She has a chance to show that greatness on the big stage this weekend as she will be going up against her idols on a course she knows well, with the world watching on the Golf Channel.
In contrast to Kaneko’s quiet demeanor and late-bloomer love for the game, Kono has become every bit the bubbly UCLA girl you would expect, and has had a passion for the game since the first time she got to grip a club at age 6.
“My mom and dad used to play; they weren’t very good,” says Kono with a laugh. “They never pushed me to play, but I played, and I couldn’t stand getting beaten by my dad, so I kept playing.”
Soon enough, young Kono did not have those concerns anymore. By the age of 8 she was beating her dad regularly, and the future began to lay itself out before her. She had won the women’s state match play title at the age of 11 and had completed the “Paradise Slam” by winning all three women’s majors and the Hawaii State Open by the tender age of 13.
She had to work hard to get there, not having the physical gifts of Wie (she is a full 9 inches shorter), but it netted her a scholarship to UCLA. She led the Bruins to a national championship last year as a junior, and was poised to do the same this year and perhaps win National Player of the Year honors when the most bittersweet of all things happened. She played her way right out of amateur status and into the pros.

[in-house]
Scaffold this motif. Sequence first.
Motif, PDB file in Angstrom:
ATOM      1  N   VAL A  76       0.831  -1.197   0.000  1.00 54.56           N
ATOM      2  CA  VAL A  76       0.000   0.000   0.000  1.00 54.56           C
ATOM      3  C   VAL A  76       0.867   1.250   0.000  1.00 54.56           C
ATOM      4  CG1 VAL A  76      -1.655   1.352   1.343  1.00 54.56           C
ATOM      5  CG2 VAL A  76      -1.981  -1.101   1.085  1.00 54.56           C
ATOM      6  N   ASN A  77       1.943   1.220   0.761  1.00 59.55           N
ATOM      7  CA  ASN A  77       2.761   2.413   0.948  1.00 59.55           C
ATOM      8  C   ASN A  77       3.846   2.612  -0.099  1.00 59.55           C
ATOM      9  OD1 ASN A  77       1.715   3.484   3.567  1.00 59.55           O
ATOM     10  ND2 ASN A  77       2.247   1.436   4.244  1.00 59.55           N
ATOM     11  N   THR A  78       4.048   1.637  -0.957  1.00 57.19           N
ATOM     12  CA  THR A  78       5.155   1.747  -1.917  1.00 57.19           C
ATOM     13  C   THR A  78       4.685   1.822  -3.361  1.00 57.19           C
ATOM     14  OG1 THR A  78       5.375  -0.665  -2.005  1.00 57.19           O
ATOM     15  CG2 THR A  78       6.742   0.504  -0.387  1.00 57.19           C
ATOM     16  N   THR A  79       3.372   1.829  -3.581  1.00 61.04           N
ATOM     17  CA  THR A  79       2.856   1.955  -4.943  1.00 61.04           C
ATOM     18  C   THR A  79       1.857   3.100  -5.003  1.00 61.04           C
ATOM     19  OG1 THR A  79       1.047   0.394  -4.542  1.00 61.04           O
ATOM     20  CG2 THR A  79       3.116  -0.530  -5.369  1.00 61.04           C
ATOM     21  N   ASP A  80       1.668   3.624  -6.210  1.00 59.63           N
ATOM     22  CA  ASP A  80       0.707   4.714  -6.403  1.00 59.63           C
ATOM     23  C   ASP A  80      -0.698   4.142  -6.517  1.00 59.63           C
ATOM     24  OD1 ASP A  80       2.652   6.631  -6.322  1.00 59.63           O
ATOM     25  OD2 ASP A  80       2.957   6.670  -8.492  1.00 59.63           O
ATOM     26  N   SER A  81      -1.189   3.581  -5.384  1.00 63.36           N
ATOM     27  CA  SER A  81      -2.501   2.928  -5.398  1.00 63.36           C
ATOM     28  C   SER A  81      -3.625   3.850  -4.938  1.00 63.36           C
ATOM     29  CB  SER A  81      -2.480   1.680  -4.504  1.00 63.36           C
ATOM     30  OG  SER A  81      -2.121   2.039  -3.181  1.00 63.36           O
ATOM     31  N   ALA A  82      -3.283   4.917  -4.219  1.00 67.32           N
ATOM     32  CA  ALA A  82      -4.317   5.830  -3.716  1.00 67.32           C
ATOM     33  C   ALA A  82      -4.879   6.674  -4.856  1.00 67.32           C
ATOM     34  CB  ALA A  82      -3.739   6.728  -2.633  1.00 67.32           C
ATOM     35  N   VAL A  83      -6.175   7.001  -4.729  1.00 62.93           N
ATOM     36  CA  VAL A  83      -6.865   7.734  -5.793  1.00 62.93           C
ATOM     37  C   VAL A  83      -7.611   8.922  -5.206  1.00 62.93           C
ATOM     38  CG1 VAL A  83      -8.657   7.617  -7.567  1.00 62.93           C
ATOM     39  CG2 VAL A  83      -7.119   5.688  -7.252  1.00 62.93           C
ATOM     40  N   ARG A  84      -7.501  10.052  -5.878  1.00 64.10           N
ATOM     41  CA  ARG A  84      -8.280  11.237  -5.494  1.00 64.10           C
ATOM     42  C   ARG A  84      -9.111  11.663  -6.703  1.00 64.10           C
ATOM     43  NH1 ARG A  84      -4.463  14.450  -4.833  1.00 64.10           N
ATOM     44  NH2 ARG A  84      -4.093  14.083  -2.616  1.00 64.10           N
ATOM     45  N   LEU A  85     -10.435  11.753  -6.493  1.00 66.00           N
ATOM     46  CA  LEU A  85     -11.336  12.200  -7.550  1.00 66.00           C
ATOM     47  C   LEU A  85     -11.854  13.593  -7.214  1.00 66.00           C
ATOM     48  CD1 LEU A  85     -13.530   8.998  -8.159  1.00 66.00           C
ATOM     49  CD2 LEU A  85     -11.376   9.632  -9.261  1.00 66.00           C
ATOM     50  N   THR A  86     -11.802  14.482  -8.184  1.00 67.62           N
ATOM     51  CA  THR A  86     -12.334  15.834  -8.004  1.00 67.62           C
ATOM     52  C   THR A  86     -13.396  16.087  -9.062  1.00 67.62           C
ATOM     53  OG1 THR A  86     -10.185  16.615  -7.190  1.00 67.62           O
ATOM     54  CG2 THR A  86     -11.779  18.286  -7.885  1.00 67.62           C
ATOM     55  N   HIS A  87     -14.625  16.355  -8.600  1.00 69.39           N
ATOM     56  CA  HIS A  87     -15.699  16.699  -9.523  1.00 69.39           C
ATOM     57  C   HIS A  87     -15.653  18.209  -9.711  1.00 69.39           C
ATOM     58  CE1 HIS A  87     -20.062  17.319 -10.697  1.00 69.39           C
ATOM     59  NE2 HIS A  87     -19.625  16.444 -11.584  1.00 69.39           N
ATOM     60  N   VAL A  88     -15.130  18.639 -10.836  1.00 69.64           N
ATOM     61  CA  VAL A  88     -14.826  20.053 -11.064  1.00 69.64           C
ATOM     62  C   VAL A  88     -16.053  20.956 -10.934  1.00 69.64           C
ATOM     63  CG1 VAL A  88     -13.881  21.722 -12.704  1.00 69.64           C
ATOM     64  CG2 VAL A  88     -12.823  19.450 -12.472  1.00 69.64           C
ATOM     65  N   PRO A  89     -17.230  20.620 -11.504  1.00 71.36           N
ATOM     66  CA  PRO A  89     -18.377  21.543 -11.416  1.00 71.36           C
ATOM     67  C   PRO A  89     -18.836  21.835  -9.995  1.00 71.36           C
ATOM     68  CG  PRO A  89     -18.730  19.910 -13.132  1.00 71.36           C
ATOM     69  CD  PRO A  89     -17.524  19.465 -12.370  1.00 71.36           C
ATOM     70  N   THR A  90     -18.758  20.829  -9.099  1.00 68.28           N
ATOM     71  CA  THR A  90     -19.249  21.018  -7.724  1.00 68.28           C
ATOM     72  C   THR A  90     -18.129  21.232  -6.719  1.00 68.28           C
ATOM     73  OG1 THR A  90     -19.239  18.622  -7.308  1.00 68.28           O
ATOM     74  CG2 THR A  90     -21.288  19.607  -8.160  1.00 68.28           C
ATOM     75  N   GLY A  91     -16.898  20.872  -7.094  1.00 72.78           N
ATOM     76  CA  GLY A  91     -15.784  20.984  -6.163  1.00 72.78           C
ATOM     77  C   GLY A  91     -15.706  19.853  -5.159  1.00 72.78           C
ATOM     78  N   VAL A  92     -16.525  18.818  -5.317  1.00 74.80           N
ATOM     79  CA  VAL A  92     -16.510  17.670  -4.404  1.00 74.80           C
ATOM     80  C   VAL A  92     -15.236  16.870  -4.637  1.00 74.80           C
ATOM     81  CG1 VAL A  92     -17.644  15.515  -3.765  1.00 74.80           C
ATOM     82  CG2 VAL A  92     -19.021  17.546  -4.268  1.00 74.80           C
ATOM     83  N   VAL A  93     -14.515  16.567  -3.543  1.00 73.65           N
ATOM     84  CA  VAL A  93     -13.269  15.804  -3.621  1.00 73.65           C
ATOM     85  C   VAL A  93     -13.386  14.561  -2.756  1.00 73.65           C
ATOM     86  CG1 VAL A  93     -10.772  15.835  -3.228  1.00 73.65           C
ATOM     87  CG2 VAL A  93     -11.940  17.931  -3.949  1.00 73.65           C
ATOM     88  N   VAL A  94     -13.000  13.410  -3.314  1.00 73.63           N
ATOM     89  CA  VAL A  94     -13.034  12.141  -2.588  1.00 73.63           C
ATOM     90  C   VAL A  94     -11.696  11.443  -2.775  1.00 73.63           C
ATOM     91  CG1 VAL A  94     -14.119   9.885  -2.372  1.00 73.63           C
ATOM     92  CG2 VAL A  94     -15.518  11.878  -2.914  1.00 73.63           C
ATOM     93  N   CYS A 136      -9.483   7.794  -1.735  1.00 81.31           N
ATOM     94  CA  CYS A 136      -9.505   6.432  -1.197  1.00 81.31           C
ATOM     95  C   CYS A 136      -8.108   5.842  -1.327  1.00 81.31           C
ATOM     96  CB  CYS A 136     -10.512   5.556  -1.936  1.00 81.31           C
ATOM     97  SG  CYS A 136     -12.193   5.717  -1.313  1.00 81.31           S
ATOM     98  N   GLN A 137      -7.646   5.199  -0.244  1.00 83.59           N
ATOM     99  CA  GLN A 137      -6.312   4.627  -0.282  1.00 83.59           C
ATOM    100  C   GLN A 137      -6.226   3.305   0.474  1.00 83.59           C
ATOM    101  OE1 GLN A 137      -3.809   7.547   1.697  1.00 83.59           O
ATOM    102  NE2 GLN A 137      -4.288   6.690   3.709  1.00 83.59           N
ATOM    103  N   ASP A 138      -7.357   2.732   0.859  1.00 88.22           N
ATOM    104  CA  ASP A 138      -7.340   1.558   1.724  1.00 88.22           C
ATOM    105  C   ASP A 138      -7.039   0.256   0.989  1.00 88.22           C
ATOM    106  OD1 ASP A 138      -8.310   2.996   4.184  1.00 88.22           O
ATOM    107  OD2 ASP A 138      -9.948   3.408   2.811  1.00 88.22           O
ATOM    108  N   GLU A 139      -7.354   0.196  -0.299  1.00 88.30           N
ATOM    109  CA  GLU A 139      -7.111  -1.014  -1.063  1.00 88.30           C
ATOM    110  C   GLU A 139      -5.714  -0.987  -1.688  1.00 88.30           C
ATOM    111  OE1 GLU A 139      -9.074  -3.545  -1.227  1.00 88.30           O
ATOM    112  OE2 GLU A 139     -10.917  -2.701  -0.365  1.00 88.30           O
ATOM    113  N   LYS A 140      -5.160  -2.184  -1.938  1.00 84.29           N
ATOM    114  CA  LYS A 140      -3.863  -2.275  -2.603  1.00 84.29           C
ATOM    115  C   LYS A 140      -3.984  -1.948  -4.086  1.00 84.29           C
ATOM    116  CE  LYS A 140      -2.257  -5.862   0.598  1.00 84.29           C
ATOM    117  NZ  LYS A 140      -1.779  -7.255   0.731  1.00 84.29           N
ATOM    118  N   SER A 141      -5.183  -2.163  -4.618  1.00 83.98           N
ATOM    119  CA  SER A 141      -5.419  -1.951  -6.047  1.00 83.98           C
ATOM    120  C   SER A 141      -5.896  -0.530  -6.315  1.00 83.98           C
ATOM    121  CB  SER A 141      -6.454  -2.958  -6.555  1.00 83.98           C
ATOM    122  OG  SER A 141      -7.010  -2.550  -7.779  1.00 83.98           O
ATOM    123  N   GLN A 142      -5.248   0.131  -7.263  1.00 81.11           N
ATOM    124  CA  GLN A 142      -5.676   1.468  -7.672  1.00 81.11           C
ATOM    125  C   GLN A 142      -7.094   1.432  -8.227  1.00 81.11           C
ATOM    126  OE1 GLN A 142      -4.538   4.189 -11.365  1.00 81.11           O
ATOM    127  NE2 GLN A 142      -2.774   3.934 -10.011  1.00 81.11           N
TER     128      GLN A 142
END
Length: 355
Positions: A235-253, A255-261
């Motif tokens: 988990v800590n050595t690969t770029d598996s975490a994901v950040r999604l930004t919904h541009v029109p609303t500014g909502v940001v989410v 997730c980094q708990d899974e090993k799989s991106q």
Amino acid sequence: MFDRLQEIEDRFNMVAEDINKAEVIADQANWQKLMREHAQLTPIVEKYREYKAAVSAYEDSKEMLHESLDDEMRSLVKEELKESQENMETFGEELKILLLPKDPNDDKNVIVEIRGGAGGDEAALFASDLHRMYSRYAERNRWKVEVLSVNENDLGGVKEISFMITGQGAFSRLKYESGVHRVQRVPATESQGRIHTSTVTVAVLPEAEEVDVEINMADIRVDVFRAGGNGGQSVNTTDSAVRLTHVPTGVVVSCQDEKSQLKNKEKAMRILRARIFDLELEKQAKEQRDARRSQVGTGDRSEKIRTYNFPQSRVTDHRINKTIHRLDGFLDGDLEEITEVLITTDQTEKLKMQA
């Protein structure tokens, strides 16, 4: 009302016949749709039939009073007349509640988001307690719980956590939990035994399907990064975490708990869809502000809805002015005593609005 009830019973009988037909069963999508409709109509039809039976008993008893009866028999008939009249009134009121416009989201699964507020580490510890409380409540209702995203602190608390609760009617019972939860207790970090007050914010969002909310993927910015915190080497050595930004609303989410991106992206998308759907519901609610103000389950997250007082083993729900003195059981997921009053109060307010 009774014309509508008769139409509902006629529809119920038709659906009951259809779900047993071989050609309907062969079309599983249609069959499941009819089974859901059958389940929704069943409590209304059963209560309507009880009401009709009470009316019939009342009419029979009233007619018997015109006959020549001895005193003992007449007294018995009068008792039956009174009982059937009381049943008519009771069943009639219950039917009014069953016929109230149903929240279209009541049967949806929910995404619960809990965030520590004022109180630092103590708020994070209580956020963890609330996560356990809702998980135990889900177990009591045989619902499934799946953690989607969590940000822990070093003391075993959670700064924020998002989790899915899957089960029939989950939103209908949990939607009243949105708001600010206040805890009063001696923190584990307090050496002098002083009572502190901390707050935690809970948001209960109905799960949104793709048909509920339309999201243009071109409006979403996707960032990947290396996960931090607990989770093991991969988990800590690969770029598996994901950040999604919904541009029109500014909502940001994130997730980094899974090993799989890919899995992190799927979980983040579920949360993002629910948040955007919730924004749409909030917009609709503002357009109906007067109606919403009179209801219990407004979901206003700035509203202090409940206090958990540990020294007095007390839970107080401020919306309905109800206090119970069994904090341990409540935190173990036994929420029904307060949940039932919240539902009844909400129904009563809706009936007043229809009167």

The story is long and convoluted, but the essence of it is Kono wanted to play on the Futures Tour during her senior year at UCLA, something allowed by the NCAA. In order to do so, she had to play well at Q-School, but the LPGA misinformed her of how long she needed to play, telling her she had to play in the third and final round to make the Futures Tour. By the time the error was realized, Kono had shot herself right onto the Tour.
“By then, I was already in second place in the final stage, so it was too late to go back,” says Kono, who finished ninth and was offered her LPGA card just off the 18th green. “I really had mixed emotions about it. I had always planned on playing for UCLA for four years, but I can’t really complain. Being on the LPGA is a dream come true.”
While Kono’s ambivalence is understandable, her coach Carrie Forsyth was furious at having her best player taken away from her because of the LPGA’s ignorance of its own rules. Yet Forsyth let Kono keep her scholarship, allowing her to graduate with her friends in June.
Her first couple of events as a pro have been rough, but Kono has a very pragmatic view of life and knows it is not going to be easy.
“Being a rookie, I don’t get to play in all the events, only full field events,” says Kono, who will play in 12 events this year. “I’m just trying to stay patient, not putting too much pressure on myself, really believing in myself. My goal is to compete regularly. I know I cannot control if I win every week. I can go out and shoot 20 under and someone else can shoot 21 under. But I do want to compete, I love to be in that situation, in that moment. It really is the best feeling.”